Defense and the President-elect

By , Gene R. LaRocque, Rear Admiral, US Navy (Ret.), currently directs a defense research group in Washington.

In the heat of a political campaign reality can be only dimly perceived. Politics and defense are particularly ill-suited companions. After we brush away the campaign rhetoric, no easy task, it becomes clear that President-elect Ronald Reagan and his advisers have little new to offer, just the old formulas of attempting to solve complex international problems through through throwing our military muscle around. This has not worked in the past and there is no reason to believe it will work in the future.

Mr. Reagan's tendency to rely on his advisers is especially troubling in the military area. We should note what John Sears, Reagan's former campaign manager , has said: "I have been asked many times how Reagan goes about making a decision. The answer is that his decisions rarely originate with him. He is an endorser. IT is fair to say that on some occasions he is presented with options and selects one, but it is also true that in other instances he simply looks to someone to tell him what to do."

The military advisers around Reagan, for the most part, hold extreme and narrow views of the world about us and are prone to advocate highly questionable military solutions.

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No matter how hard some may try to make it appear otherwise, the national security issue in 1980 is not disarmament versus armament but rather, what areas of military spending can actually improve the defense of the United States? If we are to spend more on the military, how can this be done most efficiently and with real results?

The American people want a strong defense but they do not want to throw money at the military just for the sake of appearances. A public opinion poll just released by Newsweek is instructive. The question was asked: "What is the nation's most serious problem: that not enough money is spent for defense or that the money that is spent is not used efficiently?" Seventy-two percent responded "not used efficiently," while only 15 percent said "not enough money."

There has been growing recognition this year that the first priority for military expenditures should be ensuring that the existingm military establishment, including personnel and weapons, is utilized in the most appropriate and efficient manner. There are already too many extremely costly programs in the military budget today which are in competition with each other.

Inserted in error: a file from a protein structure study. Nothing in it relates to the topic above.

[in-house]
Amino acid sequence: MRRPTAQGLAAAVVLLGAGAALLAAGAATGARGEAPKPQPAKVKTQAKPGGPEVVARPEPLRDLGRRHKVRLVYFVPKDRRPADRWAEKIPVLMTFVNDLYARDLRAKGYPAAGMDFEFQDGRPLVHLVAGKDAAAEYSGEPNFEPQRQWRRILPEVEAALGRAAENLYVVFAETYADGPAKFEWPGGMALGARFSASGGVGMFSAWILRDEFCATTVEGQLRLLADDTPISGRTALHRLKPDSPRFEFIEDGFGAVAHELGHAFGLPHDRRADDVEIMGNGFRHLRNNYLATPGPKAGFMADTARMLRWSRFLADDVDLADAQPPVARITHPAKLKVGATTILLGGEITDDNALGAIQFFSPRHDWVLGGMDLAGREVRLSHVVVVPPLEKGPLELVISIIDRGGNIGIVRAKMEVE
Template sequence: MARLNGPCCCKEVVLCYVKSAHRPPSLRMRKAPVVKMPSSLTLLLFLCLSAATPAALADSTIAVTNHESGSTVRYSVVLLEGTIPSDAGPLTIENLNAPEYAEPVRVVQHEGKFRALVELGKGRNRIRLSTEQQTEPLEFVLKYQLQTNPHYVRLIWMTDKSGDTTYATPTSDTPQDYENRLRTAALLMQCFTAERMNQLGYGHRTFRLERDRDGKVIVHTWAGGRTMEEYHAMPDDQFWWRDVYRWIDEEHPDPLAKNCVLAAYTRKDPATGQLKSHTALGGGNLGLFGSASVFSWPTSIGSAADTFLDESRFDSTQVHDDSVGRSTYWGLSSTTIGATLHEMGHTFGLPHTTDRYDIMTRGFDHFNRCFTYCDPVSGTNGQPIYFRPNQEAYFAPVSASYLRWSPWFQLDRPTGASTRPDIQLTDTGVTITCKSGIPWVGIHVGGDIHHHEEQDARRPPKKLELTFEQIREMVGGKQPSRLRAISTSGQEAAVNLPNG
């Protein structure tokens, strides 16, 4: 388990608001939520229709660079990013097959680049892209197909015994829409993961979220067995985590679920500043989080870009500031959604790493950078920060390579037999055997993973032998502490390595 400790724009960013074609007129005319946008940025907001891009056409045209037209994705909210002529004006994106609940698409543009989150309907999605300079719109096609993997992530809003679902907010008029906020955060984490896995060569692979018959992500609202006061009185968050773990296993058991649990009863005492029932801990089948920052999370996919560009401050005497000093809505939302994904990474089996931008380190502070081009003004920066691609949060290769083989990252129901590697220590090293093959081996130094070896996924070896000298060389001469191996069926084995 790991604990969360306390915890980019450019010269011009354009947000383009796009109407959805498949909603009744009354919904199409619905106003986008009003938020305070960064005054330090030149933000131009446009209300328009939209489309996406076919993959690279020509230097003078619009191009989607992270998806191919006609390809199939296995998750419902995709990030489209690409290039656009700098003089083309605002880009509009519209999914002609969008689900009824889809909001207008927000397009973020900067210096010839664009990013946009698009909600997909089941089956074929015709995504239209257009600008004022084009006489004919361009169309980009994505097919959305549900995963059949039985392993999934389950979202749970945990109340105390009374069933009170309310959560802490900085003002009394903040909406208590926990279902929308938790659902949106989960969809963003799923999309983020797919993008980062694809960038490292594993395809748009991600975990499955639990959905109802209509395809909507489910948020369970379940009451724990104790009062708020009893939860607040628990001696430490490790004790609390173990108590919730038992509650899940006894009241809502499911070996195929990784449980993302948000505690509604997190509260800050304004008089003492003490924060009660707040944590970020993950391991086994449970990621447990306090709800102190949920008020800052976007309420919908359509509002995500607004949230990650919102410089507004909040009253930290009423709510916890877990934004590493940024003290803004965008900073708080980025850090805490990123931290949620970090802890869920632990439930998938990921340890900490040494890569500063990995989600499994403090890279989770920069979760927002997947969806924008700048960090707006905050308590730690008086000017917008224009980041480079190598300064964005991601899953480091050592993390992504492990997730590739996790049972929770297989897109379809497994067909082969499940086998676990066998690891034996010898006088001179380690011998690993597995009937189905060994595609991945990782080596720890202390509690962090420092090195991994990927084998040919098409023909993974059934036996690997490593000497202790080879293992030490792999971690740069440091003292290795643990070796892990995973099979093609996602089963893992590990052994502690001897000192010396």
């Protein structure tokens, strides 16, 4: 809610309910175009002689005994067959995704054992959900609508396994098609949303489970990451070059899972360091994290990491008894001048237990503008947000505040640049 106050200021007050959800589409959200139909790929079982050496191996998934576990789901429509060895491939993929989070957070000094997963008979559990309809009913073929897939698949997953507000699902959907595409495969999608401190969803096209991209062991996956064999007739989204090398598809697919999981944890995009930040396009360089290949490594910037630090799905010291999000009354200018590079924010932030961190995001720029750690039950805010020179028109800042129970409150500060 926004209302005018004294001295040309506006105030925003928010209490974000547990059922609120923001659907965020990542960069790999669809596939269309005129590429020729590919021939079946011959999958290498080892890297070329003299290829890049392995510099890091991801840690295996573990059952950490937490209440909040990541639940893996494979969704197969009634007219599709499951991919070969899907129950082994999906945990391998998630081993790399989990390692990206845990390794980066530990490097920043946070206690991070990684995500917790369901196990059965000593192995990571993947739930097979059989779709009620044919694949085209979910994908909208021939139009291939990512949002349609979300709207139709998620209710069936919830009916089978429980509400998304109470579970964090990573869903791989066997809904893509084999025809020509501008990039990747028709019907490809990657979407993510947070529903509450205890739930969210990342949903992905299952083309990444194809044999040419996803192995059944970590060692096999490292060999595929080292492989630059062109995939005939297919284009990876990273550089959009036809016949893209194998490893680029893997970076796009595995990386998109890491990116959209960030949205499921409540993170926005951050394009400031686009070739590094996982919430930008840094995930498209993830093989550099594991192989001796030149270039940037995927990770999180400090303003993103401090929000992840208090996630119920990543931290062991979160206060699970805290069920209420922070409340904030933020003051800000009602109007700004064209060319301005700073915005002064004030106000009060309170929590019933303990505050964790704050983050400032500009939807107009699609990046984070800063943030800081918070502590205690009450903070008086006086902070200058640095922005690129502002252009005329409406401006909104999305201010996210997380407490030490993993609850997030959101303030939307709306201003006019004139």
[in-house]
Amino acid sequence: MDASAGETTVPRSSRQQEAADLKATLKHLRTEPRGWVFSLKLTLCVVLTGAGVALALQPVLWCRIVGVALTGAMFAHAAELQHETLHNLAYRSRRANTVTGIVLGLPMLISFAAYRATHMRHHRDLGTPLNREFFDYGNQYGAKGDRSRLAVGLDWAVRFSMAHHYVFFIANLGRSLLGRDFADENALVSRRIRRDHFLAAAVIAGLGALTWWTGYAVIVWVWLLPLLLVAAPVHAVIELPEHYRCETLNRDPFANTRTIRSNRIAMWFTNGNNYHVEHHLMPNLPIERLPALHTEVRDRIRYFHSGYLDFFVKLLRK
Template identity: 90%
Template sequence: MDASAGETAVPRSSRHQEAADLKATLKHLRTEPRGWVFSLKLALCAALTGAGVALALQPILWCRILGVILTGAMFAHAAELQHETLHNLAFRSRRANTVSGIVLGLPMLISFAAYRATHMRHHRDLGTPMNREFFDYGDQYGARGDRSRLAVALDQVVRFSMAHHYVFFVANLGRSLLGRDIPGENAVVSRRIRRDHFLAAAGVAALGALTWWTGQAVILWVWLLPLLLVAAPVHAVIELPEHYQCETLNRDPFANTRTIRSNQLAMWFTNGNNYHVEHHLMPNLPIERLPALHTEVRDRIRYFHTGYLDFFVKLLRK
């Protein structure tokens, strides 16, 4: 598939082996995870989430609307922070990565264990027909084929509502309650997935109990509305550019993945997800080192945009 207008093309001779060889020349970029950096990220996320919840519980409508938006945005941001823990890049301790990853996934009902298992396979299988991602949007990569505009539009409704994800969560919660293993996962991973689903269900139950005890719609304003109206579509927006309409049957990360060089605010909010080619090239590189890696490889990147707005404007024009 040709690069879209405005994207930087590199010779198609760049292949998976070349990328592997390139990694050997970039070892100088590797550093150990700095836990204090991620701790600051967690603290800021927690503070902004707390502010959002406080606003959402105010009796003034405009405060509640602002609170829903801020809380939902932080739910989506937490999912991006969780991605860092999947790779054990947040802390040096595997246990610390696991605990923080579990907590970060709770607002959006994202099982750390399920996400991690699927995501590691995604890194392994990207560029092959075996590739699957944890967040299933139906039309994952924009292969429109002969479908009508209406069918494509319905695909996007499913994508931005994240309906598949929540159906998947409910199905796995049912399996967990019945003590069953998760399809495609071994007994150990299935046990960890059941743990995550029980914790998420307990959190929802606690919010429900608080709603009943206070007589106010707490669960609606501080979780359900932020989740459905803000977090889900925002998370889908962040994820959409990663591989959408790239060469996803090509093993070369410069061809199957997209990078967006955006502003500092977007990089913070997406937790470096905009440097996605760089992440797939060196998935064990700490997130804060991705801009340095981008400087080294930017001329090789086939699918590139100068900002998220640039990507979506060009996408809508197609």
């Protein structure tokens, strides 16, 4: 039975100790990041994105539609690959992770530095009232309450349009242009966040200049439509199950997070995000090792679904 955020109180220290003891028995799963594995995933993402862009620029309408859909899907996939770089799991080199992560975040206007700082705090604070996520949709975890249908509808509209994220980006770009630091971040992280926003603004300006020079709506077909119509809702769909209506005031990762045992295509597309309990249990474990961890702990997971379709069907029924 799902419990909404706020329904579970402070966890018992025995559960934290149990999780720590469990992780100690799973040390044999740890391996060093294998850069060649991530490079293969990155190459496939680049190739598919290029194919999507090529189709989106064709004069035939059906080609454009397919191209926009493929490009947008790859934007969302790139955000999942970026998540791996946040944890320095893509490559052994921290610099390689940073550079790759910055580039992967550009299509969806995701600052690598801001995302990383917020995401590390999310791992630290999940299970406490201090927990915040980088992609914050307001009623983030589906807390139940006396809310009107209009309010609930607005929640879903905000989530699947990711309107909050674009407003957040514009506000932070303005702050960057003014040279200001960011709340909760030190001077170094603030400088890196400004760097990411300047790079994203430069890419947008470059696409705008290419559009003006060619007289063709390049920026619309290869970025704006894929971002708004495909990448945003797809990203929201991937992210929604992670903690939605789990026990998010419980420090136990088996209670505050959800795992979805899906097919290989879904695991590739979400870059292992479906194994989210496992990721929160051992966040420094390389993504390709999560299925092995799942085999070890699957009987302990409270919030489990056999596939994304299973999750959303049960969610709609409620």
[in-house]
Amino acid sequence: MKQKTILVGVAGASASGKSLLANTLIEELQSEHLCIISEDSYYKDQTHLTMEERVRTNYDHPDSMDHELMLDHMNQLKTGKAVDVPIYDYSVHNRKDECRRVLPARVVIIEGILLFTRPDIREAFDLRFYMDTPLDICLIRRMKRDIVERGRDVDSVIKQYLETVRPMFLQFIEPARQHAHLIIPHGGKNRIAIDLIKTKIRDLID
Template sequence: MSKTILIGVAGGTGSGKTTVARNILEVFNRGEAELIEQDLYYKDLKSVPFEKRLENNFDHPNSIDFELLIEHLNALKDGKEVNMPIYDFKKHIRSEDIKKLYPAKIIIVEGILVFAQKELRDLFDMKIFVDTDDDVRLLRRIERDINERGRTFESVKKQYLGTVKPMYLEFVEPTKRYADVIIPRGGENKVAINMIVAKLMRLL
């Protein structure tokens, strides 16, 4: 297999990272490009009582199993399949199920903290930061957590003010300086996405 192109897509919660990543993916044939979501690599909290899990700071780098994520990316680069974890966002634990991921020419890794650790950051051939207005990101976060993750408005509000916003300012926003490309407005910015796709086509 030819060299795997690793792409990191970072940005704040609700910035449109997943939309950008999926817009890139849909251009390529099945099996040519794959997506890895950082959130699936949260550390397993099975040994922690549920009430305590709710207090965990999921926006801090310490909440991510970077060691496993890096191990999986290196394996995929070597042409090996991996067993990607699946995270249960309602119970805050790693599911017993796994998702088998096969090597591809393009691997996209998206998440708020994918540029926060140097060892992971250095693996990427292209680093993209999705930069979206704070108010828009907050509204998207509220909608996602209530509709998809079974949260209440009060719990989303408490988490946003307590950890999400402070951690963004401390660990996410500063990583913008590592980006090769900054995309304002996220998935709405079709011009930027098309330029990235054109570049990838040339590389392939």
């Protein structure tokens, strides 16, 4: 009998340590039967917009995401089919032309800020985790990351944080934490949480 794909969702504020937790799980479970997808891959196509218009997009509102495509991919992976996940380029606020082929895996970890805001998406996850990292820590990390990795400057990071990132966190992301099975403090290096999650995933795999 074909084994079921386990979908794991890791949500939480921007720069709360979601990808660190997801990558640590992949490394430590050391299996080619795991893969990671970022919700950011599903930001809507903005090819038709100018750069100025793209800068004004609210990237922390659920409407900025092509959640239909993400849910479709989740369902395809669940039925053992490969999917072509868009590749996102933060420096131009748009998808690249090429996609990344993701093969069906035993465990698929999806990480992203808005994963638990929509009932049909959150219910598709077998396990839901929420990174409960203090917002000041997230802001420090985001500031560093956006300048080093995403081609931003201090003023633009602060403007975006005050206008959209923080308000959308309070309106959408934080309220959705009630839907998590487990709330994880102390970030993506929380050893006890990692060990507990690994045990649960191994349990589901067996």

President Carter has programmed at least $1 trillion ($1,000,000,000,000) for the military over the next five years. There is not going to be much more than that available for defense, irrespective of last Tuesday's election results.

Hard choices are necessary. Mr. Reagan, through his rejection of SALT II, advocates an expansion of US nuclear weaponry and an uncontrolled nuclear arms race with the Soviets. Some of his advisers propose that the US seek a nuclear first-strike capability. I can only agree with Gen Maxwell TAylor, the former chairman of the Joint Chiefs of Staff, that an emphasis on a nuclear arms buildup would be at the expense of manpower, weapons, and equipment essential to improving combat readiness of conventional forces.

The SALT II treaty is very much in the security interests of our country. It has been endorsed by the military officers leading the Army, Air Force, Navy, and Marine Corps. It is only through putting some reasonable limits on nuclear weaponry that we can hope to free the resources to concentrate our military efforts on those sectors that do require improvement. It is idle dreaming or pure political rhetoric to claim otherwise.

The constant denigration of American strength that Mr. Reagan and his advisers have engaged in for years is both factually flawed and damaging to our international position.

Our country is not military weak. President Carter has not neglected US defenses. We and our military allies are equal to or superior to the Soviet Union and its allies in all important measures of military power. In the areas of nuclear weaponry, military spending, military technology, number of men under arms, naval forces, forces for distant intervention, forces for war in Europe, and the overall balance of world power the Soviet Union is inferior to the alliance of powers opposing it. The soviet Union faces a more hostile and troubling world than does the United States.

But the Russians do have powerful military forces. They are the only country that could destroy our country. There are improvements that can be made in the US military. We must be strong and must work with our allies to be strong together. The point is, however, that we should not panic ourselves with illusions of our own impotence or exaggerate alarms about imminent Soviet world domination.

The President-elect's desire for a big nuclear buildup is logically connected with his obsession with the Soviet Union as the source of all the world's problems. Mr. Reagan has stated that he believes "the Soviet Union underlies all the unrest that is going on."

But he cannot simultaneously maintain that the Soviet Union is embarked on a single- minded pursuit of world domination through military superiority and also argue that it will acquiesce in easily surrendering this alleged military superiority. IF the Russians actually are as tough and malevolent as Mr. Reagan alleges, we cannot push them around without a brinksmanship that will genuinely risk world peace.

It is a stark recipe for trouble to see the Soviet hand behind every conflict in the world and to advocate greater US readiness for military intervention to deal with this alleged Soviet threat. This is the kind of simple- minded thinking that led us into the Vietnam quagmire under the illusion we were combating the Russians or Chinese.

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